An analysis of the resurgence of organized militias in America, which has caught the government's attention, has persisted for quite a while. Given that in the United States organized militias are inclusive of paramilitary with related elements like regular mutation, there are times when these militias refer to themselves as constitutional militias and are known to be based on objectives that normally major on perceived controversial misunderstandings with either the government or social norms. This paper will analyze the increased attention of the government in the genesis, evolution, and mutation of militia movements in America. .
The militia movement started appearing in the U.S. during the early months of 1994, after the formation of the Michigan Militia and the Militia of Montana in the months of February and April during that year. The movement expanded in an extremely rapid way and in June 1995, the SPLC "Militia Task Force" was seen to report the existence of a minimum of two hundred and twenty militias together with their support groups located in thirty-nine states (Chermak, 2002). Later, by 1996, the number had increased to four hundred and forty-one militias that were now found in all fifty states (Crothers, 2003). However, it is important to emphasize that what came up was not a movement in the conservative sense; for instance, there were no leaders that directed militia affairs. Moreover, there was no national organization to which all the members of the militia group belonged. For one to understand how the militia movement operates, it is better to consider it as being a decentralized, diverse, and to a greater extent, localized amalgamation of individuals and groups, having mutual concerns.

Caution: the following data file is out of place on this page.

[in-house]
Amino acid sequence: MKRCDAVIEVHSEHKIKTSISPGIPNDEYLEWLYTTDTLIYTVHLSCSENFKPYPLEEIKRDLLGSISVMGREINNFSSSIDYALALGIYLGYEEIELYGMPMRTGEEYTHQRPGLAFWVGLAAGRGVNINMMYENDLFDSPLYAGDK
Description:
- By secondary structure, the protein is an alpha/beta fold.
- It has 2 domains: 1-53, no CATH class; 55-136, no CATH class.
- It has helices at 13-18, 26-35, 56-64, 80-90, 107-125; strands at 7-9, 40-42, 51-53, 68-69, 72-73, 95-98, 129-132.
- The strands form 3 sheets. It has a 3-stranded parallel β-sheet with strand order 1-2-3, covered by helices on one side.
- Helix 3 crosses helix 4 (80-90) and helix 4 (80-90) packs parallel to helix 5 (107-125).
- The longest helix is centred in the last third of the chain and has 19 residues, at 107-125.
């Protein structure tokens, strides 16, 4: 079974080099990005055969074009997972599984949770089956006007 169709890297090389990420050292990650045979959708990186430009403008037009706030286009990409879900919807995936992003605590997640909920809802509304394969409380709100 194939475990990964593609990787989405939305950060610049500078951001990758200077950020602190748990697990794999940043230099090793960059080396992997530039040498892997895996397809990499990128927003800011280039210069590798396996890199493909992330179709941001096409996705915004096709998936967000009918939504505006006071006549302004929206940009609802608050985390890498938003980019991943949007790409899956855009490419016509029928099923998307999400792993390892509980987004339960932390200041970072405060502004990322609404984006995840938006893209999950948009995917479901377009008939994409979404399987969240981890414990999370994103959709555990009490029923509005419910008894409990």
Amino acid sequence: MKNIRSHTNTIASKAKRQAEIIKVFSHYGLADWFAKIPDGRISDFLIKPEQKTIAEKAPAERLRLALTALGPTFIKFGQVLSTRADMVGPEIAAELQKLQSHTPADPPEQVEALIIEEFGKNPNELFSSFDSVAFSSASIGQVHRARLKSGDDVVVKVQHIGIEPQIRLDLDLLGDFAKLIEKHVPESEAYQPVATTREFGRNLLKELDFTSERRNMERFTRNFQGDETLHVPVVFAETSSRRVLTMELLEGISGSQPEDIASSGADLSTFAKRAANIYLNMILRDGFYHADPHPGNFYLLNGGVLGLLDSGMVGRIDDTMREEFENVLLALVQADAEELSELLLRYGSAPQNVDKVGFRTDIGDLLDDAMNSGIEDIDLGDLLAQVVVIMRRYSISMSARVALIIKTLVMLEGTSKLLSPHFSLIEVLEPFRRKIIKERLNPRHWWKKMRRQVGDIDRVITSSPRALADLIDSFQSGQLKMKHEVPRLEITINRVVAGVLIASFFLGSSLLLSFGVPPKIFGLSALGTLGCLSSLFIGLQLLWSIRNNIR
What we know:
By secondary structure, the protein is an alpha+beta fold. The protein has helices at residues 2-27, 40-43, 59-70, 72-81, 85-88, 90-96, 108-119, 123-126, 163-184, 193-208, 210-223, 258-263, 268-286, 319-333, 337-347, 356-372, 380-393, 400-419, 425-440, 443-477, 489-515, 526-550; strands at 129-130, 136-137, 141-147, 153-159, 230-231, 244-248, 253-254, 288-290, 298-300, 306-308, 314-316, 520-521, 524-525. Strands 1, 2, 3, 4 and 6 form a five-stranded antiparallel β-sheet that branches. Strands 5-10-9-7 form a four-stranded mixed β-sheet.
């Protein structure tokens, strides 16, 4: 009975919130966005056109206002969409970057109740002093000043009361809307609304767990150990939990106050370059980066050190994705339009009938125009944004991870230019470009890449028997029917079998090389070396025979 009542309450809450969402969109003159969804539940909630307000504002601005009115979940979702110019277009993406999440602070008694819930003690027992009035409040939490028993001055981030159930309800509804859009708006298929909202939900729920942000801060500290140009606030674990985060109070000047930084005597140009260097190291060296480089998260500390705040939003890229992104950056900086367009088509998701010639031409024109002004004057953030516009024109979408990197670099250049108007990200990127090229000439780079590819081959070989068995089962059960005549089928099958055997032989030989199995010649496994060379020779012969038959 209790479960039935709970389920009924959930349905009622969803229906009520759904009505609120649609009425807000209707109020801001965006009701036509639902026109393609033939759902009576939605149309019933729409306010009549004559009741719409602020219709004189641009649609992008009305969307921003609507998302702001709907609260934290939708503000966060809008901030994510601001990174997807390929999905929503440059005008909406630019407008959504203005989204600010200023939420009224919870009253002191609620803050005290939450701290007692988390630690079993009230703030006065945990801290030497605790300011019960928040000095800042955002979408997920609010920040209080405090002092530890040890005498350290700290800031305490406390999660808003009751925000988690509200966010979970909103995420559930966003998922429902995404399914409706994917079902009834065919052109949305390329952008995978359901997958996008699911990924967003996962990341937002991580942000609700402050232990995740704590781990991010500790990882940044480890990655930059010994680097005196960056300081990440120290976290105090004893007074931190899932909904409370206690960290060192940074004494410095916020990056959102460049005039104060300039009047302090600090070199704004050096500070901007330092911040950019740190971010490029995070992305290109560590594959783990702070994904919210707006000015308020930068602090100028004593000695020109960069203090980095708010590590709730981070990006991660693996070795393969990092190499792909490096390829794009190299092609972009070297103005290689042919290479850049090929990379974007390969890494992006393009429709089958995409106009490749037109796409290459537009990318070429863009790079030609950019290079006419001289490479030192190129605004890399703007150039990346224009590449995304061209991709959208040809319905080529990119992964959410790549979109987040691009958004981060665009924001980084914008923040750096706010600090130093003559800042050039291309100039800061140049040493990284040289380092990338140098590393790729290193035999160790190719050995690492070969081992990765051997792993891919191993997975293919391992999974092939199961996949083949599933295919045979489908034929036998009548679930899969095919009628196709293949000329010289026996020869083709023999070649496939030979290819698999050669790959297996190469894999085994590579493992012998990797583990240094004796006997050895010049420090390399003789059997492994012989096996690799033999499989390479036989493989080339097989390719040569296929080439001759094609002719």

Indeed, such concerns revolve around three major themes, and one of them regards being opposed to gun control and concrete belief in the 2nd Amendment including the right of citizens to carry arms against the state.